Part of the problem is that because our MC members don't have experience in these matters they're still at the mercy at the representations of the administration.
it would also be a great thing if the MC could arrange a vote by phone or email asking the Lamos/Lambrides people to be at the next meeting, in addition to PR, to answer questions and then if the MC members were well-prepped by CPAs on what to ask and how to know if the answers hold water or not.
If the MC is beginning to show signs of life, people who have the professional knowlege to make them more effective can help until we can get the people with the knowledge and experience actually elected to the MC.
#12.1 Rebecca Matovic on 2006-10-04 14:35
FYI, this was done several months ago. A group of CPAs (including myself) drafted such comments, and they were delivered to an outside attorney responsible for drafting the initial letter advising the MC members of their responsibilities and liability in the event of wrongdoing.
I can't say if our comments were ever incorporated into the letter.
There is a naive attitude both in the administration and metropolitan council regarding the work of outside experts, including accountants.
The word "audit", especially when combined with "Generally Accepted Auditing Standards" has a very specific technical meaning. There are only four report options available to the accountant performing such an audit of the financial statements:
1. Unqualified -- The statements present fairly the financial position and activity of the organization.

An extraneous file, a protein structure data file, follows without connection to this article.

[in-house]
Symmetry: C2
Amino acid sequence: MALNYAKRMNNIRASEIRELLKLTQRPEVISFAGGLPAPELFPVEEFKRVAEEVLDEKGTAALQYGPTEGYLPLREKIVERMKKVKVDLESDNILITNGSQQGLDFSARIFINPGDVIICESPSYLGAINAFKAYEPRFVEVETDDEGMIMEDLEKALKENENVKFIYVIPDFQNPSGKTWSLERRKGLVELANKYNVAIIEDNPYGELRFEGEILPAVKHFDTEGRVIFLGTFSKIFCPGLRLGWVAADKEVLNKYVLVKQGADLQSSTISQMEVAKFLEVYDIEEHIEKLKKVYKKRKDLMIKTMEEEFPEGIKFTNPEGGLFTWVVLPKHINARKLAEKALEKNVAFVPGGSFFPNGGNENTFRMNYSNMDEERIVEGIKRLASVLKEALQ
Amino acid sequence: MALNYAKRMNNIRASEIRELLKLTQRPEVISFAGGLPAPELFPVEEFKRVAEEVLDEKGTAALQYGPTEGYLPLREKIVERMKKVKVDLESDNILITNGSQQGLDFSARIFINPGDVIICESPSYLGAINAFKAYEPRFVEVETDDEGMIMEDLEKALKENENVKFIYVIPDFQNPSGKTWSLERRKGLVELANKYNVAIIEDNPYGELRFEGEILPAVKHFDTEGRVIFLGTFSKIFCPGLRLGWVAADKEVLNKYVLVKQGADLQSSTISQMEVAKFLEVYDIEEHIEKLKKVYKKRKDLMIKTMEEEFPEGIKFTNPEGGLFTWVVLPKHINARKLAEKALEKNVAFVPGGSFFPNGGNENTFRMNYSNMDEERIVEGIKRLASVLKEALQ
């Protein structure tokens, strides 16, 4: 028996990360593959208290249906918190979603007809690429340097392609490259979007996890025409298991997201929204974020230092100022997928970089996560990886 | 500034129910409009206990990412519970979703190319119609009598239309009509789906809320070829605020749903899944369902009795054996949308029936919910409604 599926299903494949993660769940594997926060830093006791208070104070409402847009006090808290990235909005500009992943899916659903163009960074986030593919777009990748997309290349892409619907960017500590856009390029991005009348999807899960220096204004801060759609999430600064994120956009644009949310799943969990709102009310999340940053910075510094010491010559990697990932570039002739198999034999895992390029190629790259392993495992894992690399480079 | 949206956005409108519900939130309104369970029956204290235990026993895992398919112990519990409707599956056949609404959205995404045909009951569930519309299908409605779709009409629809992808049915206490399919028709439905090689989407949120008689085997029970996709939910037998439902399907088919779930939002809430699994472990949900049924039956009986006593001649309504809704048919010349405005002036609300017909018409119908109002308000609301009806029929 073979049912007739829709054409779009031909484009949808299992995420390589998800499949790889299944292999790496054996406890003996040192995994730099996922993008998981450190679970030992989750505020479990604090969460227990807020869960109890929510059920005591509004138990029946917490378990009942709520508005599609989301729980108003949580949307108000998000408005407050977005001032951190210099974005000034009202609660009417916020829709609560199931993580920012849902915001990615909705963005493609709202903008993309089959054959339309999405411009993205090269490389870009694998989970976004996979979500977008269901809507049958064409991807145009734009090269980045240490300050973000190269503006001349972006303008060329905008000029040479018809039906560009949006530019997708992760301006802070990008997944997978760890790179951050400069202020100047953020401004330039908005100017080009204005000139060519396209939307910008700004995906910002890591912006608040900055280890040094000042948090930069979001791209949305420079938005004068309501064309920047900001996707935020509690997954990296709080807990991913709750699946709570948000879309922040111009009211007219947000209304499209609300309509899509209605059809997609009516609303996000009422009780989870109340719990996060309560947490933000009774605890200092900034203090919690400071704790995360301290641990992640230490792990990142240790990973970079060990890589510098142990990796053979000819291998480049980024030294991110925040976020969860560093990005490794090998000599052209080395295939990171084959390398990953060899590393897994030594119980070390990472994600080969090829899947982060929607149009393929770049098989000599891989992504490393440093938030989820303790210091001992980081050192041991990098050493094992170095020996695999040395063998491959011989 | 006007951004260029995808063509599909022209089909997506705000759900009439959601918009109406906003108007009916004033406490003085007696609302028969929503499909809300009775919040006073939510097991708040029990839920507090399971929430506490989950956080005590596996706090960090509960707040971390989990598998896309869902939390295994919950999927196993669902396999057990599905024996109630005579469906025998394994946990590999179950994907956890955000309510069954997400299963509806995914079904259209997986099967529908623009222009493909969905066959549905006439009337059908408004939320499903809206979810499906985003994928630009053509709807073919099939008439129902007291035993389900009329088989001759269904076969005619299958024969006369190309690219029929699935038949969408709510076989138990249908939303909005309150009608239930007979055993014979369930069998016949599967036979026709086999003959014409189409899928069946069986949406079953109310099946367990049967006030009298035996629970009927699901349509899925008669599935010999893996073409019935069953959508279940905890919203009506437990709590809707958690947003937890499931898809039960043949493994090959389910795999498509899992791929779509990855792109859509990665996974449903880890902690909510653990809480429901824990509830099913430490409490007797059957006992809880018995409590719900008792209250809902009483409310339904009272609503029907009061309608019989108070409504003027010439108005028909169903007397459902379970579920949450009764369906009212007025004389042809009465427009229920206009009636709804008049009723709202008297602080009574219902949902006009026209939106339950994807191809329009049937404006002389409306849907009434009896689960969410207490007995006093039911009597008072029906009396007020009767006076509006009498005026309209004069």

2. "Except for ..." and "Subject to ...", the statements present fairly.
3. Adverse -- the statements do not present fairly.
4. Disclaim -- unable to form an opinion as to the financial statements.
To my mind, what should have been requested is for what the accountants call "agreed upon procedures". This would entail a discussion about the procedures and the work product. In my mind, the procedures would be gathering available material from all sources and the work product would be a reconstructed financial statement.
I would like to see disclosure begin with the release of the engagement letter with the accounting firm and the law firm, so that we might understand the scope of the investigations.
I would also like to see accountants with expertise in forensic accounting hired to reconstruct the records from available information. That was apparently done in Florida with the Roman Catholic priests now accused of skimming the collection plate (to the tune of $8 million!).
Note that I asked for reconstruction of the financial statements, not an audit. An audit means something entirely different, just as the "compilations" performed several years ago mean something specific.
For those desiring to be educated on such matters, look at www.aicpa.org for information about using financial statements and the functions of accountants.
In Christ's service,
Subdeacon John Martin
Martin D. Watt, CPA (Inactive)
#12.1.1 Marty Watt on 2006-10-04 16:14
So Todd, based upon your information, should a reasonable person conclude either that the OCA's accountants are incompetent (not highly likely) or that the OCA is hiding the truth once again from its people?
I'm shocked. I'm amazed.
#12.2 Fr John M. Reeves on 2006-10-04 14:45
Fr John & others: It is hard to give an answer to your question without seeing the engagment letter with Lambrides, et al. If they were engaged to do an audit in accordance with our profession's audit standards, then they should have been able to determine very early on in the process whether there was sufficient records for them to do the audit. Clearly, they should not wait until meeting with the MC to tell them that, sorry, no records exist. The MC should have been told immediately. If Lambrides told Met Herman, he shouldn't have waited until now to tell the MC.
Second, "It would be a wonderful thing if you and the CPAs who post here could put together a set of information/questions for the auditing firm as a prep document for the MC members."